Friday, July 8, 2011
Tree-son Against Barrie?
Here's another: Crowding issues. Since Lost Boys are always coming to the Neverland, eventually there’d be one too many of them trying to fit in the Wendy House.
The way I figure it... on one of Peter’s daily adventures in the Neverland, he came across the Home Under the Ground and found it again for what he believed to be the first time. Whichever Lost Boys were with him would delight in such a place as well. Perhaps whichever mother had been with him would poo-poo the idea, but then, sometimes there’s no arguing with Peter Pan! Having re-found it, he’d also (re?)realize what a boon the hideout proves to be. After all, Barrie didn’t think it up for nothing!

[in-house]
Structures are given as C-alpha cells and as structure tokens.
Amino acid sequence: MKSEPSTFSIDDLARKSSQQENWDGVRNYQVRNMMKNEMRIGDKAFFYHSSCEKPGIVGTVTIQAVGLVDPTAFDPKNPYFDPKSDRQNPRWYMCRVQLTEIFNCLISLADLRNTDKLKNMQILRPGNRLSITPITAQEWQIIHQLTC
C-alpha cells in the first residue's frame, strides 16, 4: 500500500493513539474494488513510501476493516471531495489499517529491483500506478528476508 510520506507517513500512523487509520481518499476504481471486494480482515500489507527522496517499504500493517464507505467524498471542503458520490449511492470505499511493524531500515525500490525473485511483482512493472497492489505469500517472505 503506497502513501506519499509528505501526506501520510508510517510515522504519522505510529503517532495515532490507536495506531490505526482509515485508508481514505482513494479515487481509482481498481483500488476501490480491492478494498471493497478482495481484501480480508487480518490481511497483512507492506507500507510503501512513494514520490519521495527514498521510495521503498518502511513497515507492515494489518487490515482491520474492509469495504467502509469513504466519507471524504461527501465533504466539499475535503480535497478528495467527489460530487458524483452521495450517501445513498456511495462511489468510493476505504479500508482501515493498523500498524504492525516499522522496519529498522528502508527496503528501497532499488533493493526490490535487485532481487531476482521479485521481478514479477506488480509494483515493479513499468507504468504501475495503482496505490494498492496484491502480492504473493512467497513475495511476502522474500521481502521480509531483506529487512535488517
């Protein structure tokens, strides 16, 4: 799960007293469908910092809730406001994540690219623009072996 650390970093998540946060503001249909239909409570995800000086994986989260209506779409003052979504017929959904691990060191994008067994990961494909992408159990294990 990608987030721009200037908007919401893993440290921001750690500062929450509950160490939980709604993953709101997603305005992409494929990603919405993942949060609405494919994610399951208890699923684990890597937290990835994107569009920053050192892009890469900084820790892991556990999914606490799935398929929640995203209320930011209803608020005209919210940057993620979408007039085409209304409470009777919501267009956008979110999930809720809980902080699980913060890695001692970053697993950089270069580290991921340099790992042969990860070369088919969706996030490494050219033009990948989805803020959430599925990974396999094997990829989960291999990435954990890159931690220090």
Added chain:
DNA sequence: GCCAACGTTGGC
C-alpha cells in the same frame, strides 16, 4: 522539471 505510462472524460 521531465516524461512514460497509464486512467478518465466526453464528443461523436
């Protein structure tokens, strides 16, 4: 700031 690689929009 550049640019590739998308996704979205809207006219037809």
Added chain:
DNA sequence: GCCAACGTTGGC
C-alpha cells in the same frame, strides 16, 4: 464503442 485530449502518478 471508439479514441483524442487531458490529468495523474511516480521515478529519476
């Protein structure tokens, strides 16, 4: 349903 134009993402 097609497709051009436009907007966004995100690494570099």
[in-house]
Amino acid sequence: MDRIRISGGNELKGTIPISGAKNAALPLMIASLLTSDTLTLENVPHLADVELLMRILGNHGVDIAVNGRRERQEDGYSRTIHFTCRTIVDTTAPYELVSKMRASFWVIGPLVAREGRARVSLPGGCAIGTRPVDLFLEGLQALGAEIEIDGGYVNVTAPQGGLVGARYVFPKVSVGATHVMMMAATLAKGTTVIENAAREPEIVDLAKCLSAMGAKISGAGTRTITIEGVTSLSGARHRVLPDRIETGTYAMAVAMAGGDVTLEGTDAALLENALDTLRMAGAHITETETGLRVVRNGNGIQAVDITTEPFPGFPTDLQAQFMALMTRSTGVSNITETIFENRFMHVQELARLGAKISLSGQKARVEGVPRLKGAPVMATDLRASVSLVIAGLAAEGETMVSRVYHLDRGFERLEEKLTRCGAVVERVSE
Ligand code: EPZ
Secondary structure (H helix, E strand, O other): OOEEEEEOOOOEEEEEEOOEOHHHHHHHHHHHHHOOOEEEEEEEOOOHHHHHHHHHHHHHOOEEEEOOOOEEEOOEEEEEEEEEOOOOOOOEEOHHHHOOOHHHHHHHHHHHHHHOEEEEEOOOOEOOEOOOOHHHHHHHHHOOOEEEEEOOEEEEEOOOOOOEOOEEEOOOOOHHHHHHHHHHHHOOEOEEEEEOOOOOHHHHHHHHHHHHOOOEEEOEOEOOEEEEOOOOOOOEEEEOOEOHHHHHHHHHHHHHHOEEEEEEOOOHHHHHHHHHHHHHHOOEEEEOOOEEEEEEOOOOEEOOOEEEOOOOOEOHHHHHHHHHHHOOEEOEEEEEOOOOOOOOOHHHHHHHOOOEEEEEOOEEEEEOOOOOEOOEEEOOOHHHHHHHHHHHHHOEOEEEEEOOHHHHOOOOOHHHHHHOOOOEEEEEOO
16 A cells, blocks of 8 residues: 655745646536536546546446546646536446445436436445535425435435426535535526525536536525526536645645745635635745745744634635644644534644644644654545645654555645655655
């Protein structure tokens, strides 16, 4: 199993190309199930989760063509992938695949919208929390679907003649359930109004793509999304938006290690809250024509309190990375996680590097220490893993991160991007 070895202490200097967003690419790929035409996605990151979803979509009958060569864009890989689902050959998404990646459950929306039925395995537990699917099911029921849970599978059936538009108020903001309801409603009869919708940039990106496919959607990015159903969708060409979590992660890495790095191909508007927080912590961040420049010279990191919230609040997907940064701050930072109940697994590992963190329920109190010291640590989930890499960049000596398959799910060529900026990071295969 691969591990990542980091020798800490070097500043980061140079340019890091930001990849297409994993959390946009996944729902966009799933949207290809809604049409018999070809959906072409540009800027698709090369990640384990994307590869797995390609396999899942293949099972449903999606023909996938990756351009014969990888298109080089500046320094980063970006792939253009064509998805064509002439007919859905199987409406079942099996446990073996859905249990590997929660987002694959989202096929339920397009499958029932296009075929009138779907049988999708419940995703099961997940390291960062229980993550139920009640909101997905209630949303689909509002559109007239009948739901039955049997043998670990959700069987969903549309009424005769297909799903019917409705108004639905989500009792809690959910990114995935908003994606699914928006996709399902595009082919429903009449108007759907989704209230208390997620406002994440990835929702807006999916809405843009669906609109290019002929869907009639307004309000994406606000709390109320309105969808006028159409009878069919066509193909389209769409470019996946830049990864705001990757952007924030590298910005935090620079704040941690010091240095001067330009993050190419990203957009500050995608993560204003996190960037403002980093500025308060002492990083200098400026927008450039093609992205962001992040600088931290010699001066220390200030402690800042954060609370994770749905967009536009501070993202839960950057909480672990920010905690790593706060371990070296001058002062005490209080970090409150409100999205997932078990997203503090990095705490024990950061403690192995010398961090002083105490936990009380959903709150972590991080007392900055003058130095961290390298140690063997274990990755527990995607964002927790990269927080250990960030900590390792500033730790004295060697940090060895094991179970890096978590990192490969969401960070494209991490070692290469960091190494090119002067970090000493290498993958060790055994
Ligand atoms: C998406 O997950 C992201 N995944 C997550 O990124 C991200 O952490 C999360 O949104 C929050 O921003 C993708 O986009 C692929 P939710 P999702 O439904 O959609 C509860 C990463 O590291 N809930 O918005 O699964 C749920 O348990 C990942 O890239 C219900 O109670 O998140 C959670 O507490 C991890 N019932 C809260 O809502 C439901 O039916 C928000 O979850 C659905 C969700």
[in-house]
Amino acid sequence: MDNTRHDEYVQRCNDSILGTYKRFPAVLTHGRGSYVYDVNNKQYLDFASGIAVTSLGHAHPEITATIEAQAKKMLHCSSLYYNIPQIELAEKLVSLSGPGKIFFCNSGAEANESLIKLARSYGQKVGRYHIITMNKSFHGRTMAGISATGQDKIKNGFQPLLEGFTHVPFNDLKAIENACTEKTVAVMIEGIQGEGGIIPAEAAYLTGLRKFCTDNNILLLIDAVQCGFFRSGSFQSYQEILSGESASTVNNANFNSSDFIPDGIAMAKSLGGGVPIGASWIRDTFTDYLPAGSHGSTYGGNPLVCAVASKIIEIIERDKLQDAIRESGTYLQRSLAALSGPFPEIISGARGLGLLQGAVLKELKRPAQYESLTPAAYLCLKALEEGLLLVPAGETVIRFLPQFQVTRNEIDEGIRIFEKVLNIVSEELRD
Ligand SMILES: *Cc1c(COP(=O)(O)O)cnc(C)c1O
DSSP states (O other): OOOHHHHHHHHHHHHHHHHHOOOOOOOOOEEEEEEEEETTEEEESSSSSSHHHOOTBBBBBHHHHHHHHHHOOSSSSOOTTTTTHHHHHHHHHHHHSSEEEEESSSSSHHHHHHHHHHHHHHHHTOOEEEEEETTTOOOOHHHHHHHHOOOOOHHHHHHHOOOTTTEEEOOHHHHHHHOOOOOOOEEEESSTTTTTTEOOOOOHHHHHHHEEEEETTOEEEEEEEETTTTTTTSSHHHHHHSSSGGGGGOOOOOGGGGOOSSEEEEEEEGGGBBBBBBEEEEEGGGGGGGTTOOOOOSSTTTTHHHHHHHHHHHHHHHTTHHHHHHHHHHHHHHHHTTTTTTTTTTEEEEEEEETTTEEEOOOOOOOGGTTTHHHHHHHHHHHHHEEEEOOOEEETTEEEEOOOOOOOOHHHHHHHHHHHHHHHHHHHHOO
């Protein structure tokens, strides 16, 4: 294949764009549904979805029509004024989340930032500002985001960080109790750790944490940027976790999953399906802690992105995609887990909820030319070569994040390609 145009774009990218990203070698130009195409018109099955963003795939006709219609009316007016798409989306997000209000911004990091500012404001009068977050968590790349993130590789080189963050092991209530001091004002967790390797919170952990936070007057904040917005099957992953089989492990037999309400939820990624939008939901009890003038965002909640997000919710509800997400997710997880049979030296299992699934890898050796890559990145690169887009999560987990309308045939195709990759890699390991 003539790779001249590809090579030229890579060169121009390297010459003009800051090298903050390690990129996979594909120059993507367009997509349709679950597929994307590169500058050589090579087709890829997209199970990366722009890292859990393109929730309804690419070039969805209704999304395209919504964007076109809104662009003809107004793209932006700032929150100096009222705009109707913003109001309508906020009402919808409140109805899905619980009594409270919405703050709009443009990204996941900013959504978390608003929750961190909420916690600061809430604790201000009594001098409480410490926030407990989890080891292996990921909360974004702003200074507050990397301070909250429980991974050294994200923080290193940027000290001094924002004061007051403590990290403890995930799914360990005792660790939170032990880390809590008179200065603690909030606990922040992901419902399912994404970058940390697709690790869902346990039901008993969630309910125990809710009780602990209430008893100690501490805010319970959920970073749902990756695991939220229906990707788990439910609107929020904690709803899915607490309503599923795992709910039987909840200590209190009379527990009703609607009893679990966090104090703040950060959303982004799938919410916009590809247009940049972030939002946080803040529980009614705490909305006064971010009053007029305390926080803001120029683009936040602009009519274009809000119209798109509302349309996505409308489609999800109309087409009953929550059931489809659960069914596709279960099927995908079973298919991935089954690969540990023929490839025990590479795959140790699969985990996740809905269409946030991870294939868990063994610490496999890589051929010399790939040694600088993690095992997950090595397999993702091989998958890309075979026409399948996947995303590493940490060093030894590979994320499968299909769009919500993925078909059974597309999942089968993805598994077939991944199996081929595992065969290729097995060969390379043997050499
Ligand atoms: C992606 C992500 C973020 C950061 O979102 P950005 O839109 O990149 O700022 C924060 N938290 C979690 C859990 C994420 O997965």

That’s why you’ll find Peter Pan, Denny and the Lost Boys living in the underground house on the island.
And yet...I didn’t want to replicate the very same idea for his adventures on NeverWorld. It’s certainly possible and plausible that he'd live under the ground again, sure. At the very least one of the kids who helped dream it up could have even placed an exact copy of it someplace on the planet. [In fact, that just might have been done!] However, from a standpoint of storytelling, it would also feel utterly rehashed.
So I decided on a solution that would refer back to the very same Wendy House that he’d “supposed to be” living in at the end of the novel. Thus, they live in a house on the trees.
But as with everything in Peter Pan’s NeverWorld, the stakes are raised. As an example, Mothers are without a doubt an important key factor in the tales of Peter Pan. Raised a level, that becomes Mother Earth/Planet. So when the Wendy House is considered, an upgrade from a house is none other than a mansion, or to be exact: ...a multi-level tree house with more rooms than necessary.